Sunday, January 18, 2009

Planting the jaboticaba

1. Use a can of spray paint to mark the diameter of your circle, I use a piece of string trimmer string tied to bamboo stake, then hold the string in the hand with the can of paint and walk the circle, spraying it.

2.Dig the outline of the circle, severing all grass roots.

3. Remove 1 foot wide sections of grass by digging in deep under the roots from all sides, use the spade to cut the strip into two feet sections, shake off soil and place in wheelbarrow.

4. Once all grass is removed, I dig straight down on the edge and pile the dirt up towards the center, this forms a small "dam" and a deep trench that will help to stop the grass invading.

5. Dig a hole about twice the size of the container, don't dig to deep, for sub-tropical fruit trees, you want the top inch or two to stick out.

6. Fill the hole with water.

7. Mix some mulch with soil, I'm using Eco friendly cypress mulch, bought on sale at $2.25 per bag. Fill in around the plant with the soil/mulch mixture, then tamp it down.
Water well, I use the shower setting and hold it quite close to fill all air pockets.

8. Tamp it down some more (note the two inches sticking out).

9. Place some soil on top of the tamped down mulch/soil, then water it in some more.

10. Use the remaining mulch and add more until the two inches that are sticking out is level with the surrounding soil/mulch, cover the rest of the heap with mulch. Make sure you leave at least a couple inches of soil around the trunk bare, don't let the mulch touch the trunk. I used two bags.

11. Water some more.

12. For the next month, water daily until established.

13. After a month or two, fertilize with appropriate fertilizer. I use a proprietary mix from Excalibur Rare Fruit Trees for sub-tropical fruit trees.


  1. Hi,
    Just letting you know there is no such ting as eco-friendly cypress mulch. The industry has no certification process and the claims on the package are completely false.

    Cypress mulch comes from clear cutting our country's wetlands. The cypress trees are then chipped whole for the sole purpose of making mulch. I recommend you visit for the truth.

  2. Thanks for the eye-opener. In my hasty to save a few bucks, I made the mistake to assume eco friendly means sustainable harvested. After visiting the link you gave I'm not so sure anymore. Anyway, Home Depot sells Eucalyptus mulch here, its $2.95 per 2cf, so a little more expensive than cypress mulch at $2.25. I have also been using pine bark nuggets to mulch some of my other fruit trees, its also a little more expensive at $2.77 per 2cf. I like the pine bark nuggets, it really looks nice. I've been contemplating my mulch options, I have to phone the Boynton Beach City and check if they have a mulching/composting operation.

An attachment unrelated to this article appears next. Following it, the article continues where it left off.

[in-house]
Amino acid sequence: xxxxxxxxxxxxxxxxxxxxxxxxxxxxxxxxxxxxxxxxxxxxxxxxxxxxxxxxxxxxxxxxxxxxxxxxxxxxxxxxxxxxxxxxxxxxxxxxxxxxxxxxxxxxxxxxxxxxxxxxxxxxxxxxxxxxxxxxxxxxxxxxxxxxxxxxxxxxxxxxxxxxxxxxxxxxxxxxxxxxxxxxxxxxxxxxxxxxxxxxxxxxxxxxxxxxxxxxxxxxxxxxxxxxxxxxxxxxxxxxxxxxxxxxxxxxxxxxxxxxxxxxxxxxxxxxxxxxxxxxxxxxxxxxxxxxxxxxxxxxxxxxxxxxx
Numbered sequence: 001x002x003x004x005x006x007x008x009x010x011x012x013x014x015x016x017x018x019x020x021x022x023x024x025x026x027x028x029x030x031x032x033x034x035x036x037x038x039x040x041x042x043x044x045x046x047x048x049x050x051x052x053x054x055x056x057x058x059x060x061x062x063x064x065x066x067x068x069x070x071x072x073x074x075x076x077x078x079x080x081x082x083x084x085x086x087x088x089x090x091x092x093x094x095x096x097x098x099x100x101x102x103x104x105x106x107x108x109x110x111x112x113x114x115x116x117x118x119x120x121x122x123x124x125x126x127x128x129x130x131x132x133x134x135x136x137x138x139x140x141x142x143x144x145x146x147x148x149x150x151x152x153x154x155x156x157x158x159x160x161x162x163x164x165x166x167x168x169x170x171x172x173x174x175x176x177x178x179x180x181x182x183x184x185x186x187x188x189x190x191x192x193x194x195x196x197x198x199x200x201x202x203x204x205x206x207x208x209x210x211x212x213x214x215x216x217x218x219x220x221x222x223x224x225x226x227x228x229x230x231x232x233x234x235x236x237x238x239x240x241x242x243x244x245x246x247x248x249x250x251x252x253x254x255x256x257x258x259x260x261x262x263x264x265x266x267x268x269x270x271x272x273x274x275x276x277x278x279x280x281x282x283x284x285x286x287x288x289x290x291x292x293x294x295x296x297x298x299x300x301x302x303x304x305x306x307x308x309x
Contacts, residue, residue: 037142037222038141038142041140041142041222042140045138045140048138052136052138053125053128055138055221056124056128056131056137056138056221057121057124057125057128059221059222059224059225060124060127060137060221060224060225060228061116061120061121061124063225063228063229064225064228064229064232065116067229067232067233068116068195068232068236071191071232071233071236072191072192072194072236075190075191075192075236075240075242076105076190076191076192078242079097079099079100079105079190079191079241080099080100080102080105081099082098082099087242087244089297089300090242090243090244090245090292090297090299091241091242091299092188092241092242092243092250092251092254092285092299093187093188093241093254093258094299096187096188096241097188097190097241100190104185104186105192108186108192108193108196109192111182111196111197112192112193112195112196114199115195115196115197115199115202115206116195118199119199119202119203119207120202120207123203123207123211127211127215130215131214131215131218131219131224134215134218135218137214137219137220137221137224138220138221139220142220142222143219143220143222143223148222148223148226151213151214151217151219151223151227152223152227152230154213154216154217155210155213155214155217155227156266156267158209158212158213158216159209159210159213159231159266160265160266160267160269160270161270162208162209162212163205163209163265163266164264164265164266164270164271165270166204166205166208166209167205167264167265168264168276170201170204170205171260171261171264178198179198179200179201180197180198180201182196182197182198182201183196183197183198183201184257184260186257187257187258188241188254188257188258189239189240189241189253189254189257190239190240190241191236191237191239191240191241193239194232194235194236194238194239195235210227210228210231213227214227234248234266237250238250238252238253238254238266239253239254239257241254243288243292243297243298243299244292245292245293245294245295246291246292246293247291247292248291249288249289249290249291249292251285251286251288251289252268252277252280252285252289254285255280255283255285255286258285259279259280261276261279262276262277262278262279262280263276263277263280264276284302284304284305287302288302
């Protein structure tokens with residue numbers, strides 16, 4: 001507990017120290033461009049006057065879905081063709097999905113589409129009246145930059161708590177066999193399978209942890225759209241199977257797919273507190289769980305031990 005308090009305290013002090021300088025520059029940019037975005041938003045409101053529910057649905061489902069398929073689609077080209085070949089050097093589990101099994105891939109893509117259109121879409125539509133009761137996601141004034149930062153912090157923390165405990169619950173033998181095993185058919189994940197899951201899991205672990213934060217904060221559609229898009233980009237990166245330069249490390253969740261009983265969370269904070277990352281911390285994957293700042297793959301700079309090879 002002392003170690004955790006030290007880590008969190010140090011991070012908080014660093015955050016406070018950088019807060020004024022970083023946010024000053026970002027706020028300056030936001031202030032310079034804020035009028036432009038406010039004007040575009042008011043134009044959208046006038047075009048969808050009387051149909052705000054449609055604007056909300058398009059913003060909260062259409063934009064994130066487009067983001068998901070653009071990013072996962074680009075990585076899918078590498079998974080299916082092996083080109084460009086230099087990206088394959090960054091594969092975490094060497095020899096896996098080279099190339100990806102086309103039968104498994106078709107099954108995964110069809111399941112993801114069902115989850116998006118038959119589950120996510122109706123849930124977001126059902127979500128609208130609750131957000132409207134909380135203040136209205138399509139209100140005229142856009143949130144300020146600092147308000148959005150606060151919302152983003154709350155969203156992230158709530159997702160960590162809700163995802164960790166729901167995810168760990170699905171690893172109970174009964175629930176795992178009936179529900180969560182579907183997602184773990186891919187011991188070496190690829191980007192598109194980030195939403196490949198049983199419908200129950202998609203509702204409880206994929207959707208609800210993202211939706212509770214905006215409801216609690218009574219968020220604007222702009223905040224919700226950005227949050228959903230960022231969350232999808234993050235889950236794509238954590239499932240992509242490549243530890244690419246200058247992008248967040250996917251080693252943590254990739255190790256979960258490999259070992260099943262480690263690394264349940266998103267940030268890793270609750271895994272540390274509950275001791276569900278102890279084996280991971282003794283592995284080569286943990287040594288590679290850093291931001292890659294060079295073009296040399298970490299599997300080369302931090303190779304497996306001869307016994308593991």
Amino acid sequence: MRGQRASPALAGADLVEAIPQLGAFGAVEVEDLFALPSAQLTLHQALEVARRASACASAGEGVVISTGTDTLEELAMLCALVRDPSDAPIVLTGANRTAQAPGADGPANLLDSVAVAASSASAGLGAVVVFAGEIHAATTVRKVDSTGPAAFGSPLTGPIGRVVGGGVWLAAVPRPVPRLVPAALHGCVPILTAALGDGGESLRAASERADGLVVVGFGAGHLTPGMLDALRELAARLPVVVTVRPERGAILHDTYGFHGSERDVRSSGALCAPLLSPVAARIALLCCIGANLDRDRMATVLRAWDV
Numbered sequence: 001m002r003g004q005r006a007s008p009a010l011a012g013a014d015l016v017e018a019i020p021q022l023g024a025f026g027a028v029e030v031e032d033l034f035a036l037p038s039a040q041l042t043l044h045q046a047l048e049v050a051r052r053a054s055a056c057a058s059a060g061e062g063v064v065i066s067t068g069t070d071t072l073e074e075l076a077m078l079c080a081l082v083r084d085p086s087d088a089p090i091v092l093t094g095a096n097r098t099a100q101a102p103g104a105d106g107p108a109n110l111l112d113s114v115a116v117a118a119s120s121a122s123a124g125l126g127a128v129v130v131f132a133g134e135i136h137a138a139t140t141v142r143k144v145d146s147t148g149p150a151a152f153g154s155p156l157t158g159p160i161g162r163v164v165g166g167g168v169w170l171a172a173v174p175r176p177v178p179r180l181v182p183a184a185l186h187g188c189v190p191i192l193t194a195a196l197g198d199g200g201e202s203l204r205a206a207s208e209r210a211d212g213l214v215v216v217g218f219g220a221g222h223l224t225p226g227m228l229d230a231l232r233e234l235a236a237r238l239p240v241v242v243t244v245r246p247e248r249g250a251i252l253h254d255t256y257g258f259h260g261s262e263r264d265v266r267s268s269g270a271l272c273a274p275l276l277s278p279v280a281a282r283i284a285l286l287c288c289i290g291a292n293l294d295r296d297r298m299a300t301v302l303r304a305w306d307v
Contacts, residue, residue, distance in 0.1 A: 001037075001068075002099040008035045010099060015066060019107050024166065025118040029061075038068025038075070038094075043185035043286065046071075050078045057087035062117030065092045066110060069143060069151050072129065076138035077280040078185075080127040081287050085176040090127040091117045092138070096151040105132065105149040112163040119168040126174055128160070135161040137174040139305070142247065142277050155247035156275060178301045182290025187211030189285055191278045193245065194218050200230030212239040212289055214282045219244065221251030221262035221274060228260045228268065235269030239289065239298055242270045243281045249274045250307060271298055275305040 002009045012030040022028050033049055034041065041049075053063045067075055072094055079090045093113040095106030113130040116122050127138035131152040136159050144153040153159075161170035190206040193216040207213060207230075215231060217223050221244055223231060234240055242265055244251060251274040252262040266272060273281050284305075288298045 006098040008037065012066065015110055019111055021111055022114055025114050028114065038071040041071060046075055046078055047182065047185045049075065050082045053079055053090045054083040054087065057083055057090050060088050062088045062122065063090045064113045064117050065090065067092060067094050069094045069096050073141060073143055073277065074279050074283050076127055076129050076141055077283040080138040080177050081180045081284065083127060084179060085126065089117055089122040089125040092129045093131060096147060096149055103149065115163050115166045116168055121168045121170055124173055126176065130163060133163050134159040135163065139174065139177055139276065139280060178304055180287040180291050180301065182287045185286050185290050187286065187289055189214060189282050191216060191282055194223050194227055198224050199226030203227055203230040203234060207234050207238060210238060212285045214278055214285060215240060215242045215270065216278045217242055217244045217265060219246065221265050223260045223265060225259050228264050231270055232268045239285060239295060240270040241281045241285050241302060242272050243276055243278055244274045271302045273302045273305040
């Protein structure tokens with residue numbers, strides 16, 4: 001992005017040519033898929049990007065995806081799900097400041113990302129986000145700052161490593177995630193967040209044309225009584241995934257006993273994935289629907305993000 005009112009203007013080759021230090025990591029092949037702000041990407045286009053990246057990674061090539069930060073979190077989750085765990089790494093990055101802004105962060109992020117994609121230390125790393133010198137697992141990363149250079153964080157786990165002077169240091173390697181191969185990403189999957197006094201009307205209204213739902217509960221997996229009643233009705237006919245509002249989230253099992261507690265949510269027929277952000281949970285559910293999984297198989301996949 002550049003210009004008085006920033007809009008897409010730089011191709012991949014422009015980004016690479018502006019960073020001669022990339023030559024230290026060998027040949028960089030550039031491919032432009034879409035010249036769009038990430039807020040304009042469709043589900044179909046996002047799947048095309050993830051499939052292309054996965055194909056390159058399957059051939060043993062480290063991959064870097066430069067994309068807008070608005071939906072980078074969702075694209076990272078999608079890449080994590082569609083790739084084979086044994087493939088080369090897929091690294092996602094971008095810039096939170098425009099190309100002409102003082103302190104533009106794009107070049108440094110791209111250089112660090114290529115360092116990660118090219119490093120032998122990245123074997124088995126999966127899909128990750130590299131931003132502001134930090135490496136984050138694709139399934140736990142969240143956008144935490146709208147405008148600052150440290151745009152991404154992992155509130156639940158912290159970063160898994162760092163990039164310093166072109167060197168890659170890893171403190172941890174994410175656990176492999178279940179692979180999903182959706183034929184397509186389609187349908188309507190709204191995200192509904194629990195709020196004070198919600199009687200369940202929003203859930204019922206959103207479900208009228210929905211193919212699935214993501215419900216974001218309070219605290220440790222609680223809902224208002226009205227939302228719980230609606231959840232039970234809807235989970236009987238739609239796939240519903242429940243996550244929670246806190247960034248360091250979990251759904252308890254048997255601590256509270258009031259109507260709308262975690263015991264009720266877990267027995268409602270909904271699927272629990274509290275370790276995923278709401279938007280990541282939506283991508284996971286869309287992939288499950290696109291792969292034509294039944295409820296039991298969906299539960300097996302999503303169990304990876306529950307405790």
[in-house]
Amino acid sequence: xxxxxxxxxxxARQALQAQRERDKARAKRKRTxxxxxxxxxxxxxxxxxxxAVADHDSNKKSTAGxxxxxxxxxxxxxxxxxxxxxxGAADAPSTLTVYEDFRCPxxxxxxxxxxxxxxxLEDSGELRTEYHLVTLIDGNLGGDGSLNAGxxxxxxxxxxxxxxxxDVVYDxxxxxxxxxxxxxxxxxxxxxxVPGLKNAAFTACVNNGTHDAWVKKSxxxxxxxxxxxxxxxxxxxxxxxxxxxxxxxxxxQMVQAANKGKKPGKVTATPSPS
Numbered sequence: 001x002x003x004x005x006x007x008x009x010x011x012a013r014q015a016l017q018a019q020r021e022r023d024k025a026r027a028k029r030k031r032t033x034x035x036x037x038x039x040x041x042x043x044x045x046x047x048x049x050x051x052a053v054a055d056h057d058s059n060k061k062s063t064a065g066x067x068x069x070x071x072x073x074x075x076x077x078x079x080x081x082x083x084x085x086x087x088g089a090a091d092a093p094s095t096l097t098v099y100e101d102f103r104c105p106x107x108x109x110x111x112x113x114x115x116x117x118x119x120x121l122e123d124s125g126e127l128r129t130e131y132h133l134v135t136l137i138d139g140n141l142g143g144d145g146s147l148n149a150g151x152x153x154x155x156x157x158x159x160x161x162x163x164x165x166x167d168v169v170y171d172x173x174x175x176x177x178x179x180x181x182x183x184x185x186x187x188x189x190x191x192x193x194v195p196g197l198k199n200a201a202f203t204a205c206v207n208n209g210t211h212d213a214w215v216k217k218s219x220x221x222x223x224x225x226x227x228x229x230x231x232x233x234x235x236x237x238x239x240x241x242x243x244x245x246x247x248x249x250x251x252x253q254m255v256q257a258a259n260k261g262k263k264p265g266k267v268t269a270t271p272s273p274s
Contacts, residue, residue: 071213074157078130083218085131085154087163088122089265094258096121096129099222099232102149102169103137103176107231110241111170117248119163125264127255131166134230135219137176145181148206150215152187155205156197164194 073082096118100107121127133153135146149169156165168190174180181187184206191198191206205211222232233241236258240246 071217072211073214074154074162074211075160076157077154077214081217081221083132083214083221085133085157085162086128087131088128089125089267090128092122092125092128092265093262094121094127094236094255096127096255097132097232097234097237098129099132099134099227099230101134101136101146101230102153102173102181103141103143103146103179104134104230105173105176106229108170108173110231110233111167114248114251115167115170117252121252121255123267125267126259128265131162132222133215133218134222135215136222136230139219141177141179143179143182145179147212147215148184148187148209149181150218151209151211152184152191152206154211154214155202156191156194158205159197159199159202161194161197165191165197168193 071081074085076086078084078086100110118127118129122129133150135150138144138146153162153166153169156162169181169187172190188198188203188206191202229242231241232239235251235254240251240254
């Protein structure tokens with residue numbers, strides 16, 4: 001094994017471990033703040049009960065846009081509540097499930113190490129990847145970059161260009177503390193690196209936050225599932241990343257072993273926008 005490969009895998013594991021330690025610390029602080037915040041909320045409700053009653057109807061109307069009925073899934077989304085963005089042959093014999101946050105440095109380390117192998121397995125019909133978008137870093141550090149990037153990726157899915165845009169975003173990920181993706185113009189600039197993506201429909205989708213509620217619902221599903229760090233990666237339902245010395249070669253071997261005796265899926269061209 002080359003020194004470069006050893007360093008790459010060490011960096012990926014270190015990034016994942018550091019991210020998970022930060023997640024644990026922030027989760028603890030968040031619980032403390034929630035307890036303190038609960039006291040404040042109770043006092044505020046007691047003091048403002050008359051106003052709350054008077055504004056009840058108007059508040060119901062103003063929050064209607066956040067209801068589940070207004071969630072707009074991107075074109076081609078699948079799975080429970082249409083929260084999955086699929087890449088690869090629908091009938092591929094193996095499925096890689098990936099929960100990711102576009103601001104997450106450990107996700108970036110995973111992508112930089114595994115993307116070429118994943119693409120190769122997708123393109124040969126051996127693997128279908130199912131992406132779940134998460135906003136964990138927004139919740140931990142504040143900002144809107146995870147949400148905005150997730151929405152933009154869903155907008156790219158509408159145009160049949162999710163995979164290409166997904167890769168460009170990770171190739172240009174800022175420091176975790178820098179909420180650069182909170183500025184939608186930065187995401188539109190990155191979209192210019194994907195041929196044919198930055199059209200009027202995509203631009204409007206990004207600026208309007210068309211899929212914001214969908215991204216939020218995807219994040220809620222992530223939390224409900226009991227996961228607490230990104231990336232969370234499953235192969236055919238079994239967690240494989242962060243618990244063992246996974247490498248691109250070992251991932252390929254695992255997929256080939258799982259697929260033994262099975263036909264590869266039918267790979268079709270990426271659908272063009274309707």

3. TBG:
    All the other options you mentioned are fine choices. I'm glad you took a moment out of your day to educate yourself. Obviously using yard waste either from your yard or from your local govt. is the best option. Eucalyptus is farmed, it is fast growing and makes for a decent mulch.

    If you belong to a gardening club or otherwise please be sure to let them know what is happened to Florida and other states due to the cypress mulch industry.

    happy gardening!!!!!

  4. I wish they would make a bugger effort to harvest and eradicate the Maleluca that is overtaking the Everglades and wetlands here in South Florida.

    I have also wondered about the Brazilian Pepper Tree ( ). Surely it could also be used as mulch ? Its one of the most aggressive invasive species known today.

  5. Hi again,
    As I understand it, there is one company that makes Maleluca mulch. I think it is costly to make as they have to "cook it" to kill all the seed pods. But there is someone that is doing it and it is supposed to make for good mulch.

    Also need to be careful, I know that tree is bad but if the market grows large it is possible that they can harm the hydrology of the swamps with large machinery when removing the invasives. Just a thought. I guess like everything there is no real simple answer to a complex problem like invasives.

    Ok signing off for real this time.